So let me pause and simply urge anyone in this room who is living in any kind of indifference toward Jesus, or unrepentance in sin…be not indifferent. Be warned…by mercy, be warned today…Jesus is the authoritative Judge, the One who has come to save you from your sins…turn from your sins and yourself and trust in Him…lest you be condemned…damned…forever. Do not disregard God! Do not close your eyes to the Christ! Jesus is the authoritative Judge. He is the sovereign Son.
He is the sovereign Son.
He is the sovereign Son. Oh, there’s so much here…just look at the next three verses…Matthew 11:25-27,
At that time Jesus declared, “I thank you, Father, Lord of heaven and earth, that you have hidden these things from the wise and understanding and revealed them to little children; yes, Father, for such was your gracious will. All things have been handed over to me by my Father, and no one knows the Son except the Father, and no one knows the Father except the Son and anyone to whom the Son chooses to reveal him.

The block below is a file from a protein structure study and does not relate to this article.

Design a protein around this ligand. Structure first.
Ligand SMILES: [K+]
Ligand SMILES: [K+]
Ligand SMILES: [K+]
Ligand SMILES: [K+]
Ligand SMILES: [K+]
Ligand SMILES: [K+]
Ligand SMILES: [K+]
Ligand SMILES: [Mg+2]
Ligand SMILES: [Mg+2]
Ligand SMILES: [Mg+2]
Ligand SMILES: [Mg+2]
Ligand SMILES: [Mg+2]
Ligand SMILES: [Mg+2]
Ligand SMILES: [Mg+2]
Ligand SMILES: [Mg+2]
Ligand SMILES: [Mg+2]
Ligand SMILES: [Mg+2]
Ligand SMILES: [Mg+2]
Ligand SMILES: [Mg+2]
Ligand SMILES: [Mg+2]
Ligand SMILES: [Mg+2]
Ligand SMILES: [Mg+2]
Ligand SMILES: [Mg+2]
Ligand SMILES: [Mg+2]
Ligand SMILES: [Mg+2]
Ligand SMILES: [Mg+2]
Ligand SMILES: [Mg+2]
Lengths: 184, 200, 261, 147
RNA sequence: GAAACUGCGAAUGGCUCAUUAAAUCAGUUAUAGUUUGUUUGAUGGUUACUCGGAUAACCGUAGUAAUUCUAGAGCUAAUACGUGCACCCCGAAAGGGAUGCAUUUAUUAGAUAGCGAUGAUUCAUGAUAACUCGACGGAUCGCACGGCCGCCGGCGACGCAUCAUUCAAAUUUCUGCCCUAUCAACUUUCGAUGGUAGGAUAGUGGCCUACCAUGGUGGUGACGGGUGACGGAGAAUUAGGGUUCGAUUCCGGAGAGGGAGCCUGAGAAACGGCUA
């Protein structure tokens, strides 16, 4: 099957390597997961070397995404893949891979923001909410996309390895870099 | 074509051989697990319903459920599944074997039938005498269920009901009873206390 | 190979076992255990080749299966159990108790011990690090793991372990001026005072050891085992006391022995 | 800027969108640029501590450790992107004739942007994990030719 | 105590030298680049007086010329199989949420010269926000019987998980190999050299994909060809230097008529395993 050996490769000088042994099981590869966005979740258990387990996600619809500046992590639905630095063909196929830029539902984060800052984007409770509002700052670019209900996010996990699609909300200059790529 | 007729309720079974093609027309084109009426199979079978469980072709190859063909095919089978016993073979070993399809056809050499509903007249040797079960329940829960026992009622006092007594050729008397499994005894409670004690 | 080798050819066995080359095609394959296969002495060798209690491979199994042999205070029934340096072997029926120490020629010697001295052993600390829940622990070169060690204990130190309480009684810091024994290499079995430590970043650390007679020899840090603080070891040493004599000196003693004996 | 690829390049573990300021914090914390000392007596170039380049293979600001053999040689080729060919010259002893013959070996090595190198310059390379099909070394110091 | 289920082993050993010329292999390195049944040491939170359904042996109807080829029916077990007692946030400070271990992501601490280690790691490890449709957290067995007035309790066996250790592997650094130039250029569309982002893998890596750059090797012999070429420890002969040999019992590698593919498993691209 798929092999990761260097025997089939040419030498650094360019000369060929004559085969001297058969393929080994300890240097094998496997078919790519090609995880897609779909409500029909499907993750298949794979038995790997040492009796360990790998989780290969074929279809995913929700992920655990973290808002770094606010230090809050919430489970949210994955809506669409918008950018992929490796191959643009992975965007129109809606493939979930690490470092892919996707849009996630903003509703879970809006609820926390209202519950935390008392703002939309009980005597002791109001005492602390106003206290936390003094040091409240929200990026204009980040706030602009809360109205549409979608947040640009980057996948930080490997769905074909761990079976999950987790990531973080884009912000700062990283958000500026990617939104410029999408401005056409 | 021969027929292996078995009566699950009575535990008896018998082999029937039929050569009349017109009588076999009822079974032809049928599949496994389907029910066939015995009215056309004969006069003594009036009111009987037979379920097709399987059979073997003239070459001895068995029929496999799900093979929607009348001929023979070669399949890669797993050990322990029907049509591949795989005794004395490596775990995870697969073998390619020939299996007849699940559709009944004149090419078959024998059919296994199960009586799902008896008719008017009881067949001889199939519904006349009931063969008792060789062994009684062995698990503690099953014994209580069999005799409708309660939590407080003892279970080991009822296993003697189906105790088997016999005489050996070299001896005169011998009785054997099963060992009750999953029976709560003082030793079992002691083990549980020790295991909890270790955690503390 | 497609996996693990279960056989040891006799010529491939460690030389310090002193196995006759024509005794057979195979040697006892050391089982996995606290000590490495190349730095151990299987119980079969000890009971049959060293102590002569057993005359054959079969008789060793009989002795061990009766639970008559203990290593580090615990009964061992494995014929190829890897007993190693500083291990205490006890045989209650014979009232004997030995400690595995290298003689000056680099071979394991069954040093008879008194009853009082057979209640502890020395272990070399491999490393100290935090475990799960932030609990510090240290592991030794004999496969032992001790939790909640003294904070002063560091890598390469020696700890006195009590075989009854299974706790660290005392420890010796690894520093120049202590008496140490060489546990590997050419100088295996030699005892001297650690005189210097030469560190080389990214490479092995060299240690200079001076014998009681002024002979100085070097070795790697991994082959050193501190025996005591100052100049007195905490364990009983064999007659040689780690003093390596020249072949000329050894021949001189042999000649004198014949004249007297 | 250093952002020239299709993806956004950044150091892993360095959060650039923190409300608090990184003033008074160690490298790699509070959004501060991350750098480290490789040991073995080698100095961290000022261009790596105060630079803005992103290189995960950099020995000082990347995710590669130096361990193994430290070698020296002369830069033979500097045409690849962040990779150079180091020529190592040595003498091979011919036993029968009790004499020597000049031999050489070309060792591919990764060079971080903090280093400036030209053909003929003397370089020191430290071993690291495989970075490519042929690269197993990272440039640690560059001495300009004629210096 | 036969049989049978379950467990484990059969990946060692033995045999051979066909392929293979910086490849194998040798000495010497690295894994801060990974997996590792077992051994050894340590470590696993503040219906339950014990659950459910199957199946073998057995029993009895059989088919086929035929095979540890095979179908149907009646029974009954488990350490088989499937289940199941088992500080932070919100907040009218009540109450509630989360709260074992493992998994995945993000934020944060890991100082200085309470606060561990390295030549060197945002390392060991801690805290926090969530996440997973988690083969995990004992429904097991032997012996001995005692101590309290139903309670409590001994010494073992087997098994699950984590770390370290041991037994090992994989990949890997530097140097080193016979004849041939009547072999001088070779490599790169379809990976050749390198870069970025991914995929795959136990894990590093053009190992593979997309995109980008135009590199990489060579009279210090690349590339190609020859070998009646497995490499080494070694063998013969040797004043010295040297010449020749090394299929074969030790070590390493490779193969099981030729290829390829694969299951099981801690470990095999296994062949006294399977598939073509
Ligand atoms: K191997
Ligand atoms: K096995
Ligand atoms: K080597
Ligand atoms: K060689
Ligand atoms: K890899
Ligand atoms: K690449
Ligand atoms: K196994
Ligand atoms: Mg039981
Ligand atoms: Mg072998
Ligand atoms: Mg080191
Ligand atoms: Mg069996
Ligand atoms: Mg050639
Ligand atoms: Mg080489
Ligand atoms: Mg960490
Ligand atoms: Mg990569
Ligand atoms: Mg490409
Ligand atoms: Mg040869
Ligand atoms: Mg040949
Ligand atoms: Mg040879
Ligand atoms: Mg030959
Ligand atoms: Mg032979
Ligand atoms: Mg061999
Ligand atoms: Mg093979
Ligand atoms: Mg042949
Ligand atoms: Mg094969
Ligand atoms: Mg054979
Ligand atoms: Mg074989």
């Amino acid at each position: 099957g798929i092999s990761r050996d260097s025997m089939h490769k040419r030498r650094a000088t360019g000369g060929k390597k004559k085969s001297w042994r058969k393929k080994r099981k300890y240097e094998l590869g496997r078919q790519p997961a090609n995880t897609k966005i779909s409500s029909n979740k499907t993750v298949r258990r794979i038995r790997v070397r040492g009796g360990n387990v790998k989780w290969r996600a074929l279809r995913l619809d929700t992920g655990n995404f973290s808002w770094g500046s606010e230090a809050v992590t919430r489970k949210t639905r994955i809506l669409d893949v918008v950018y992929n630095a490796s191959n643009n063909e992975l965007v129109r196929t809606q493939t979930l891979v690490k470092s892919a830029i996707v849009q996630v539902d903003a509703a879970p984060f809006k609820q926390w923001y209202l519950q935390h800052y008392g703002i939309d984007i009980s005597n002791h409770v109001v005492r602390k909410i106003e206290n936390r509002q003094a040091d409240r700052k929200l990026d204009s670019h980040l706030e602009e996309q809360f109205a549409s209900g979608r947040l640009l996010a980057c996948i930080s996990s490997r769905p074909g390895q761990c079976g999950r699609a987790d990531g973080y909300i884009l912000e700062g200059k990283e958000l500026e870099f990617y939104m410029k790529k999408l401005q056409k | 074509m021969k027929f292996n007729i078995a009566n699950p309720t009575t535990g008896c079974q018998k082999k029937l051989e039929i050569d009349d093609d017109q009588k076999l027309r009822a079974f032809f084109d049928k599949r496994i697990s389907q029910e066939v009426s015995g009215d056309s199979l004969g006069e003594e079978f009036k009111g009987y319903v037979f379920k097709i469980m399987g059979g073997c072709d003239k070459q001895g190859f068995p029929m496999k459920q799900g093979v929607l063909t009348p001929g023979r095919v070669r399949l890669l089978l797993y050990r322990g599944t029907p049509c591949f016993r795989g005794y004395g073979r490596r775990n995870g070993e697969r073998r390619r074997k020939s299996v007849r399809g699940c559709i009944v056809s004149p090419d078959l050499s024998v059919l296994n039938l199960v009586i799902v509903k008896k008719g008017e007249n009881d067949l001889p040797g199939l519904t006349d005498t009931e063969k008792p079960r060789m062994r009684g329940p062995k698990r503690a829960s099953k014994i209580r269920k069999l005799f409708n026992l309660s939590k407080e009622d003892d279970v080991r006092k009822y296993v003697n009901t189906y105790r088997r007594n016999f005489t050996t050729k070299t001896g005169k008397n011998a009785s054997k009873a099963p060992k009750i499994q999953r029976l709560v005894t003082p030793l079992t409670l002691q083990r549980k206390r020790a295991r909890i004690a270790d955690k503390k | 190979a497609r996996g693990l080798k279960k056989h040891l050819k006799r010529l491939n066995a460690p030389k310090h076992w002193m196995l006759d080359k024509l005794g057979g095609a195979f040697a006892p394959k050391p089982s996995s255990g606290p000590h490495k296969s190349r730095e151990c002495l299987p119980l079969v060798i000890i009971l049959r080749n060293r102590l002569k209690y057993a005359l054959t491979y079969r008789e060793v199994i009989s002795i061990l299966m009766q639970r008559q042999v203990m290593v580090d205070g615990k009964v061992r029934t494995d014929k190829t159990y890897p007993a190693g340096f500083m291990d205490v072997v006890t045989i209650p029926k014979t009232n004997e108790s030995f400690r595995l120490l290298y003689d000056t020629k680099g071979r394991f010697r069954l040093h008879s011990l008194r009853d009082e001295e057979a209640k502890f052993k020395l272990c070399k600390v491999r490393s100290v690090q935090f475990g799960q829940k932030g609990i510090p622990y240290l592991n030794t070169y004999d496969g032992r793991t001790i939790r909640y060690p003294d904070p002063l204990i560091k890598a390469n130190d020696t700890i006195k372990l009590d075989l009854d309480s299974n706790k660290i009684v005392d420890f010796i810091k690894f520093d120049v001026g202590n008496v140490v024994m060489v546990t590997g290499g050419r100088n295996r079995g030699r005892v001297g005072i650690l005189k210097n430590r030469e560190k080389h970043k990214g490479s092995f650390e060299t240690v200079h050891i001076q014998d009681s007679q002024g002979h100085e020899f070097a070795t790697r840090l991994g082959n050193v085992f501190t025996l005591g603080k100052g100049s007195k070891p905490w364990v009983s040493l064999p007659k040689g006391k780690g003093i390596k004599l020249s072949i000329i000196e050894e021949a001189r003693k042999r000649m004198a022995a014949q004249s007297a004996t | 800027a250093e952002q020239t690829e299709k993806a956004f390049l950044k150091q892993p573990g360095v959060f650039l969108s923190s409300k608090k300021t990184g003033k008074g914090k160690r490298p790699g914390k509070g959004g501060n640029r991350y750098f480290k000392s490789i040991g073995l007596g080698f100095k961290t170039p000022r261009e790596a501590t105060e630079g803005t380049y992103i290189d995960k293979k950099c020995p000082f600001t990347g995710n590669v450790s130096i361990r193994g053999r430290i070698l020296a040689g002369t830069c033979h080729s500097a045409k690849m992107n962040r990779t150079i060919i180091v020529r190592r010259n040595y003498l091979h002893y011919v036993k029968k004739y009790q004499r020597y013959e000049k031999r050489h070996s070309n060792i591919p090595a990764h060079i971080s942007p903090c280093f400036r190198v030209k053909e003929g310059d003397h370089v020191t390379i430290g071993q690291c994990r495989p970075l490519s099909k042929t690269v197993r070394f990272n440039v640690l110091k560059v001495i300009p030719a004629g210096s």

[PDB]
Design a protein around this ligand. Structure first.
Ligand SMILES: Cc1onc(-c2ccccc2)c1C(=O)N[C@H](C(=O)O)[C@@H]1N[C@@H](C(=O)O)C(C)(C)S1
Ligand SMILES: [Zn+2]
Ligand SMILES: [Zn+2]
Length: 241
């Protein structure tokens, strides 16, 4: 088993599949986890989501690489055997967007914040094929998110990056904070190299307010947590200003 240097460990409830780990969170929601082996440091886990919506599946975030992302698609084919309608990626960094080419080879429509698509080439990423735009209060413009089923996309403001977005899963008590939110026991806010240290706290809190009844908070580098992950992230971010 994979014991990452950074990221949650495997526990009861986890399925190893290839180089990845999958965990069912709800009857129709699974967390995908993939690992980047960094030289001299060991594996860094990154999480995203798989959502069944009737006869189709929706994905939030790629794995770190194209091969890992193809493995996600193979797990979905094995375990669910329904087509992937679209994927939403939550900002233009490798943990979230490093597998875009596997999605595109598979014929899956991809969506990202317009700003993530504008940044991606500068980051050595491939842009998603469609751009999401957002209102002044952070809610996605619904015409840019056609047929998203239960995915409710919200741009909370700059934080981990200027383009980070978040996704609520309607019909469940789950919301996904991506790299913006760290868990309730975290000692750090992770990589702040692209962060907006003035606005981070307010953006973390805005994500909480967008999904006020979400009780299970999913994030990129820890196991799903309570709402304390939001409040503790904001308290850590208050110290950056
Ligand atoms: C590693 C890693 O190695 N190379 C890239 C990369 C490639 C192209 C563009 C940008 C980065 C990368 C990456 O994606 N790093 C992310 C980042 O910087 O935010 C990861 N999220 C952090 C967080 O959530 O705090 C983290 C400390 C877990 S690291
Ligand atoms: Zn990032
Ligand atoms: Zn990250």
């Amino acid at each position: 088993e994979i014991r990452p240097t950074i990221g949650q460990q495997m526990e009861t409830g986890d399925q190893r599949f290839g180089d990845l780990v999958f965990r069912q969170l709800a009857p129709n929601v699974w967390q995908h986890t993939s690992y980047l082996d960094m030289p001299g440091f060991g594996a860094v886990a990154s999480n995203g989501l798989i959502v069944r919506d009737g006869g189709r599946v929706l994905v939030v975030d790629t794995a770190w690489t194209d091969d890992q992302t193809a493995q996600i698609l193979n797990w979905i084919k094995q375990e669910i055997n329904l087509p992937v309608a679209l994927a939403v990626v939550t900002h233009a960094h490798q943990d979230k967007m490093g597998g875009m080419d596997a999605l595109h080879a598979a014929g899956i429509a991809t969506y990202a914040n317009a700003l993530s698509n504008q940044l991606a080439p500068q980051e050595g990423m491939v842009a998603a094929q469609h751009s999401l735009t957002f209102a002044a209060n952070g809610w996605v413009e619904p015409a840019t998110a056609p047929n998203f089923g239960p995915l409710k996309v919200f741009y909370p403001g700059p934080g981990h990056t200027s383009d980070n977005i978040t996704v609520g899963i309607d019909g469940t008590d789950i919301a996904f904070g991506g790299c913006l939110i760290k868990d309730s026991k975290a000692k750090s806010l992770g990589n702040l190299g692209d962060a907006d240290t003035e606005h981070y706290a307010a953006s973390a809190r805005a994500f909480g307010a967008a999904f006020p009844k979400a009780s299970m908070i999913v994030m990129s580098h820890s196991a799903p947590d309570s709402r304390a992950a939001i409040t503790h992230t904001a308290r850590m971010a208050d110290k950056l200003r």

So here we have a dialogue between the Son and the Father in which we get a glimpse into their relationship with one another. As you read these verses, you just sense yourself treading on holy ground as you glimpse the inner workings of the Trinity. See what we discover here, First…Jesus alone knows the father
Jesus alone knows the Father.
Verse 27 – “All things have been handed over to me by my Father, and no one knows the Son except the Father.” And the word He uses there for “knows” is a word for the most intimate and full knowledge one can have…a statement that would parallel others Jesus makes about being one with the Father…almost certainly seen as a reference to the deity of the Son. He is in relationship with the Father as God, and as such, He…alone reveals the father